Each of the 5 patterns inside the pilot was monitored and managed individually, with a fit-for-purpose strategy in mind.
Although 1 year to response was estimated, after four months, oil rates and oil cuts increased unexpectedly. However, after reaching peak production, the expected steep decline was observed.
New reservoir management strategies were implemented in order to slow the decline and attempt to increase the incremental recovery from 6% to 10%: attempts to block water channels in the injectors, producer shut-ins and frequent injection target changes proved beneficial.
The polymer pilot has exceeded expectations to date.
This case study provides an outline of the changes that were made and the results that have been observed.
Erke, S. I. (Salym Petroleum Development) | Volokitin, Y. E. (Salym Petroleum Development) | Edelman, I. Y. (Salym Petroleum Development) | Karpan, V. M. (Salym Petroleum Development) | Nasralla, R. A. (Shell Global Solutions International) | Bondar, M. Y. (Salym Petroleum Development) | Mikhaylenko, E. E. (Salym Petroleum Development) | Evseeva, M. (Salym Petroleum Development)
Low-salinity waterflooding (LSF) has been recognized as an IOR/EOR technique for both green and brown fields in which the salinity of the injected water is lowered for particular reservoir properties to improve oil recovery. While providing lower or similar UTC's low salinity projects have the advantage of lower capital and operational costs as compared to some more expensive EOR alternatives.
This work describes LSF experiments, field-scale simulation results, and conceptual design of surface facilities for West Salym oil field. The field is located in West Siberia and is on stream since 2004. Conventional waterflooding was started in 2005 and current water cut is currently above 80% in the developed area of the field. To counter oil production decline a tertiary Alkaline-Surfactant-Polymer (ASP) flooding technique selected for mature waterflooded field parts and piloting of this technique is ongoing. Operationally simpler and more cost-effective LSF method is considered for implementation in the unflushed (green) areas of the field since it has been recognized that application of LSF in secondary mode results in better incremental oil recovery than LSF in tertiary mode.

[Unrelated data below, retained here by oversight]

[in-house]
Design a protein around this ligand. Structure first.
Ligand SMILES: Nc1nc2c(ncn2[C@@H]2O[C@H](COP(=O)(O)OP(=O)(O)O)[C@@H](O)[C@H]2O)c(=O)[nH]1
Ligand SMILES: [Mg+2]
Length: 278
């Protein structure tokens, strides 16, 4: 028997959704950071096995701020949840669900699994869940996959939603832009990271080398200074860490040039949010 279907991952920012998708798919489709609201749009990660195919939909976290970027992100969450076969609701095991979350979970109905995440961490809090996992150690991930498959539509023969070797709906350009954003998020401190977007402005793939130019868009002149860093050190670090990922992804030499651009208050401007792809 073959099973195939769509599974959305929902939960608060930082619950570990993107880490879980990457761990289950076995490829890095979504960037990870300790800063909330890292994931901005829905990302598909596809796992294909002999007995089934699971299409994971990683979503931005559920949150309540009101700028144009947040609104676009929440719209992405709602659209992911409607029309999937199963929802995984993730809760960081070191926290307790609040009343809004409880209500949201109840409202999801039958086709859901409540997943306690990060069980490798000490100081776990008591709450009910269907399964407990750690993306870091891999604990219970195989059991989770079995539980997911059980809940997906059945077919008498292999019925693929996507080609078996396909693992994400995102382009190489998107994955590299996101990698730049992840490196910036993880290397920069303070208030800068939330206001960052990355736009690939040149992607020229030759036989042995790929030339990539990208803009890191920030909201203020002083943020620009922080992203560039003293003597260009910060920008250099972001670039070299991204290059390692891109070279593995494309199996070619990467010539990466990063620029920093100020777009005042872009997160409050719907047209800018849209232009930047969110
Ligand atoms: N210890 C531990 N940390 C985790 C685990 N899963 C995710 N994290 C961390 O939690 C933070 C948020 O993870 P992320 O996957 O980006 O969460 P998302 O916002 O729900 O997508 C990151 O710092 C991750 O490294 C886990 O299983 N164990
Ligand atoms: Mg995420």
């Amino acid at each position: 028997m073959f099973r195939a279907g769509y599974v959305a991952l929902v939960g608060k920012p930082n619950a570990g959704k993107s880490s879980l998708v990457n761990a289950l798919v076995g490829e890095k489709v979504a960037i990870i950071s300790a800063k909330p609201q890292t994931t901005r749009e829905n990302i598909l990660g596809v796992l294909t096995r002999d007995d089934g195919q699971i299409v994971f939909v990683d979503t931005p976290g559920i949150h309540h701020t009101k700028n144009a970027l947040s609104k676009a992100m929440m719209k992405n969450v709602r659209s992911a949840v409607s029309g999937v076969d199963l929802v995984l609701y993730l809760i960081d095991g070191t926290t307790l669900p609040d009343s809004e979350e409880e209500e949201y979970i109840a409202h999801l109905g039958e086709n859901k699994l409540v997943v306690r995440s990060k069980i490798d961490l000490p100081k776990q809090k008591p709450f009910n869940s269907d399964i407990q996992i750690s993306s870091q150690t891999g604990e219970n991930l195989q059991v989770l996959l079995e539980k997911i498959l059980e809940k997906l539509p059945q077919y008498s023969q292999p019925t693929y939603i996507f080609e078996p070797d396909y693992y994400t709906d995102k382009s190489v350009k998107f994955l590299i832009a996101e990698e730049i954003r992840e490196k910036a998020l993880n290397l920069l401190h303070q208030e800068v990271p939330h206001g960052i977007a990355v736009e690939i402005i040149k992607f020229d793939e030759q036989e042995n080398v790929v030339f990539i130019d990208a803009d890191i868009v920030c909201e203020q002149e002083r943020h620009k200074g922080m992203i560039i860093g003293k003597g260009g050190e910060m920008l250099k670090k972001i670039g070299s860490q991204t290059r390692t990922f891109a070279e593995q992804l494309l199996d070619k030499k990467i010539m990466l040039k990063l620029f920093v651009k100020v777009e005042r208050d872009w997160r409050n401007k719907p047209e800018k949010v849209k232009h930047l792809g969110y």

The results of a comprehensive conceptual study performed to justify the LSF trial are presented in this paper. To generate production forecast for LSF in the isolated area at the outset of reservoir development the results of laboratory core tests executed at different salinities presented earlier (
Rodriguez, F. (PDVSA, IFP Energies nouvelles, Paris Diderot University) | Rousseau, D. (IFP Energies nouvelles) | Bekri, S. (IFP Energies nouvelles) | Hocine, S. (Solvay) | Degre, G. (Solvay) | Djabourov, M. (ESPCI Paris Tech) | Bejarano, C. A. (PDVSA)
Primary cold production for the extra-heavy oils (4–10°API) of La Faja Petrolifera del Orinoco (FPO), Venezuela, is currently a low percentage (<5%) of the OOIP. Chemical EOR (CEOR) studies are being accomplished in order to increase oil recovery in those thin-bedded reservoirs which host up to 35% of the OOIP, where thermal EOR methods are not convenient because of heat losses and environmental issues. Specifically, Surfactant-Polymer (SP) flooding is now considered as a feasible approach to achieve both mobility control and mobilization of residual oil in the FPO's target zones for CEOR.
The objectives of this experimental study were to identify some mechanisms in play when surfactant and polymer solutions are injected in cores to displace extra-heavy oil and to assess for the potential of SP flooding for one of the FPO's reservoirs. The tests reported were performed with a dead crude oil of 9°API and 4500 cP, and injection water salinity of 6.4 g/L with low hardness and at a temperature of 50°C. The SP formulation consisted of a standard high molecular weight HPAM at rather high concentration to achieve high viscosity and an alkaline-free surfactant formulation providing both low interfacial tension (IFT) and good compatibility with polymer even at high polymer concentration. When possible, oil saturation profiles were determined by CT-scan at the main steps of the experiments.
Conditions and methodologies to determine the relevant experimental parameters for high viscosity oil have firstly been developed. Then, a set of surfactant and polymer injection tests have been performed on Bentheimer outcrop cores. These tests demonstrated that injection of the SP formulation after a secondary polymer flood was able to achieve a significant reduction of the residual oil (ASo = 80% ROIP). Results of secondary injections of water (final oil saturation, Sofinal = 63%), surfactant solution (Sofinal = 39%) and SP formulation (Sofinal = 5%) have also shown that mobility control is of tremendous importance to achieve high recovery, even at the core-scale. The potential of the SP formulation has also been validated on unconsolidated reservoir rock material from the FPO (Sofinal = 8%). Relative permeabilities have also been determined to investigate the feasibility of an effective modeling of the impact of the surfactant on oil recovery without making any assumption of the local mechanisms in play. Future work will involve 3D reservoir simulation with physico-chemical parameters generated at the lab.